TV UK, 7 October

The truth about Sex Traffic.

Dolan Cummings

Topics Culture

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Channel 4 is continuing to have fun with American drama. This week both The Sopranos and Six Feet Under were pushed back half an hour to 11.30pm to make room for a repeat of Father Ted and a new episode of Eurotrash respectively.

The exception to the late night rule is the new series of The West Wing, which is on at 7.35pm on Friday nights, when any sensible person is in the pub. The schedulers must have been killing themselves laughing when they thought of that little wheeze. Or maybe they get back-handers from TiVo. Meanwhile, peak time is dominated by such ground-breaking domestic fare as Too Posh To Wash and Going Straight, nauseating Format TV for people who don’t actually like TV but get frightened if left with their own thoughts for too long.

Channel 4 does occasionally have a go at the real thing, however. If NY-LON was a well-intentioned flop, next week’s Sex Traffic (Thursday at 9pm) is much more worthy of attention. The two-part drama follows two young Moldovan sisters hoping to get to London to find work, who instead are effectively sold into slavery in the former Yugoslavia and trafficked across Europe. Sex Traffic can certainly be accused of sensationalism, and someone has already had a pop at it in the Guardian, on the grounds that it concentrates on the horrific extreme, rather than highlighting the more mundane hardships of East European women who choose to become ‘sex workers’ in London.

For me, though, Sex Traffic gets away with its sensationalism, partly because it is lavishly produced and well acted, but mainly because that sensationalism serves an interesting political agenda. Through the plight of Elena and Vara, writer Abi Morgan tries to dramatise the dynamics of power that make women like these so vulnerable (and make prostitution seem like a good choice for their compatriots who are not actually forced). This means exploring the peculiar relationship between Eastern Europe and the West as much as any ‘gender issues’.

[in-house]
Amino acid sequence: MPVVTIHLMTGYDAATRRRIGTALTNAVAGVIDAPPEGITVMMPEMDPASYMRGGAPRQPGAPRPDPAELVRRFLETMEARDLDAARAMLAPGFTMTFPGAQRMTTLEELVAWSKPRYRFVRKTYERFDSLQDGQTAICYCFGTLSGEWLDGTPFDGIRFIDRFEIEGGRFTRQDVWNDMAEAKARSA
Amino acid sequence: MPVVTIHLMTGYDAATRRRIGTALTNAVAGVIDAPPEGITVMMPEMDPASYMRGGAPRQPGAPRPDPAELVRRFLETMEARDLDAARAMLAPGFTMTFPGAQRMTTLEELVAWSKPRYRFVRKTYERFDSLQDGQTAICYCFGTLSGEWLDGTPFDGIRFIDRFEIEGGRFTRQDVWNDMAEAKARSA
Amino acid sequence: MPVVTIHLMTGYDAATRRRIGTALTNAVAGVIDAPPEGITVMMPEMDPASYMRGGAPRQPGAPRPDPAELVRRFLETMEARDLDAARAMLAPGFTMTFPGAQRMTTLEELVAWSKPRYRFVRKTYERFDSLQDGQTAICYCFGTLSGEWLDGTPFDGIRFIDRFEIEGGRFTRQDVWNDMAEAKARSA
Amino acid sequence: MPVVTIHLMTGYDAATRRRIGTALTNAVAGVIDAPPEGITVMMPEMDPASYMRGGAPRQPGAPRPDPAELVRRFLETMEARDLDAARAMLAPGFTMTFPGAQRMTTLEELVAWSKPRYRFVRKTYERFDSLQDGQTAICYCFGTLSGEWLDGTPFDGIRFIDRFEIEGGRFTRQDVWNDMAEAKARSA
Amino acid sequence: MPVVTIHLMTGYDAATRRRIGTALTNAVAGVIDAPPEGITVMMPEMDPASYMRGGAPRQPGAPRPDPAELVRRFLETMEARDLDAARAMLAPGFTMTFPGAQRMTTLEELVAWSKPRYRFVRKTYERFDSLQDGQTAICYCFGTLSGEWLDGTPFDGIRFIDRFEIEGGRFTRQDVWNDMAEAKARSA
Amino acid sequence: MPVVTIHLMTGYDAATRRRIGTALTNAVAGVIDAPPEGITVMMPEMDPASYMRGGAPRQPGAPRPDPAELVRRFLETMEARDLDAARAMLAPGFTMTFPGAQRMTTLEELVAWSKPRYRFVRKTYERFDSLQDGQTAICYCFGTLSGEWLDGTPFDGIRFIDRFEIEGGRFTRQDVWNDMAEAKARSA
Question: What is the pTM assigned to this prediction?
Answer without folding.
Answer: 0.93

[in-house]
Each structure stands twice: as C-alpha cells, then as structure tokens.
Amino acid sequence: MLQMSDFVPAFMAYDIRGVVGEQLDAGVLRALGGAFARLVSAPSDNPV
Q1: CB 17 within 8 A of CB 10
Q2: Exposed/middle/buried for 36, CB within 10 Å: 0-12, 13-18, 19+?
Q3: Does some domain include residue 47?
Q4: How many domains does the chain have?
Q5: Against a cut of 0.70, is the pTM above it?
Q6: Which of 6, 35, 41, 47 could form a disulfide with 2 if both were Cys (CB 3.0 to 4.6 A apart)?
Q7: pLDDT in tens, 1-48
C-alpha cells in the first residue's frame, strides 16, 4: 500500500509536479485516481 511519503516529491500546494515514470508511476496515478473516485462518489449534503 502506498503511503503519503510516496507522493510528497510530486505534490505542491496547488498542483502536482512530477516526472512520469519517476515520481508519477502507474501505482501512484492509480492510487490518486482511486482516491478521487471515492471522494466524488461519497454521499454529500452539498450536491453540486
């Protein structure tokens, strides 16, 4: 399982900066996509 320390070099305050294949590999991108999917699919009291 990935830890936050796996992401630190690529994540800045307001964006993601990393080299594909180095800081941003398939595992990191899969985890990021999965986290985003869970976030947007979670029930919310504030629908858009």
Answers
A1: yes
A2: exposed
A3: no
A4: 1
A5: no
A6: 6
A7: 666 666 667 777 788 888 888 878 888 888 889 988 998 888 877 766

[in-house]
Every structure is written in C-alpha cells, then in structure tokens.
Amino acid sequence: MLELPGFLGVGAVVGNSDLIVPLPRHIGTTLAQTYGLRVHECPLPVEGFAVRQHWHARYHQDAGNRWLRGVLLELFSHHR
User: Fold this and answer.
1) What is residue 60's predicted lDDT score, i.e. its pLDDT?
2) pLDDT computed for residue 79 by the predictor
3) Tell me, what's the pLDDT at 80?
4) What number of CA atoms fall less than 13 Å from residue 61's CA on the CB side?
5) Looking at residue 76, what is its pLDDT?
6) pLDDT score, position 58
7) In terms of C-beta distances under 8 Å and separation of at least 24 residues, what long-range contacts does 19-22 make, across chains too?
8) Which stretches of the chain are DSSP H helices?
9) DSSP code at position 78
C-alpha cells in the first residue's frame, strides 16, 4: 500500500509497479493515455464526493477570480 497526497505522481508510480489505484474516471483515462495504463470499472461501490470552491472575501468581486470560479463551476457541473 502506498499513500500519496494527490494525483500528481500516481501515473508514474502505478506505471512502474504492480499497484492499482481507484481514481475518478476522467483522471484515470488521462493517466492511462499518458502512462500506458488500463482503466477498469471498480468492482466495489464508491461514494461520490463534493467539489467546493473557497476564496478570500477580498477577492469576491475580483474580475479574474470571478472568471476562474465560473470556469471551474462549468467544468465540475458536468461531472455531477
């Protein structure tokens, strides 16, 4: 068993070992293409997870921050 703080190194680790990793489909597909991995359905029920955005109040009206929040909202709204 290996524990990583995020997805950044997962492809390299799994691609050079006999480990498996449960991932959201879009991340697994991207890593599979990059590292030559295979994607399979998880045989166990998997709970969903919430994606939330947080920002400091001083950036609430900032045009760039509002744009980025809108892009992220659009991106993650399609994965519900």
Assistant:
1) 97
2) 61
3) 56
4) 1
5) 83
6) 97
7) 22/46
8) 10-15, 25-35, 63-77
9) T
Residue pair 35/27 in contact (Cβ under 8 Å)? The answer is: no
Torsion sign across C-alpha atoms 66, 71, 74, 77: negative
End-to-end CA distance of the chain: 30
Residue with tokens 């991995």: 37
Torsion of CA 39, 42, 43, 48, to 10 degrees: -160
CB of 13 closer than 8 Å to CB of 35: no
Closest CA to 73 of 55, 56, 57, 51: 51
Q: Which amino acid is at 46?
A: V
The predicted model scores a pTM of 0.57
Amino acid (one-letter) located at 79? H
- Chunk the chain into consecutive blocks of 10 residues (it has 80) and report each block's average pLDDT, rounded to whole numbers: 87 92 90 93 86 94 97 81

The eye-catching element of the plot is that Western peace-keeping forces, specifically those working for a US defence contractor, are involved in the trafficking. Bosnia remains one of the more fashionable ‘benevolent occupations’ around the world, but given the institutionalised inequality in these arrangements, the abuses portrayed in the drama are all too believable. Indeed, according to Amnesty International, it is the NATO force that feeds the sex trade in Kosovo, and US, French, German and Italian soldiers have been directly involved in rackets (1).

Sex Traffic’s weakness is also political, however. Certain aspects of the story are plain cartoonish: the wicked American capitalists ruthlessly pursuing profit, Serbian goons raping the women. The latter does not so much shock as confirm conventional prejudice, making it a kind of politically correct pornography, as the unpleasantness of watching sexual violence is rewarded with the warm glow of ‘political awareness’.

This is a shame, because Sex Traffic is otherwise a successful political drama, which deals with some genuinely new and interesting issues. While it has a whiff of ‘campaigning’ about it, it suggests no obvious solutions to the problem. In that sense, it is closer to a Cold War thriller, focusing on how individuals operate within the context of a complicated but rigid political reality. A bit like spending an evening watching Channel 4.

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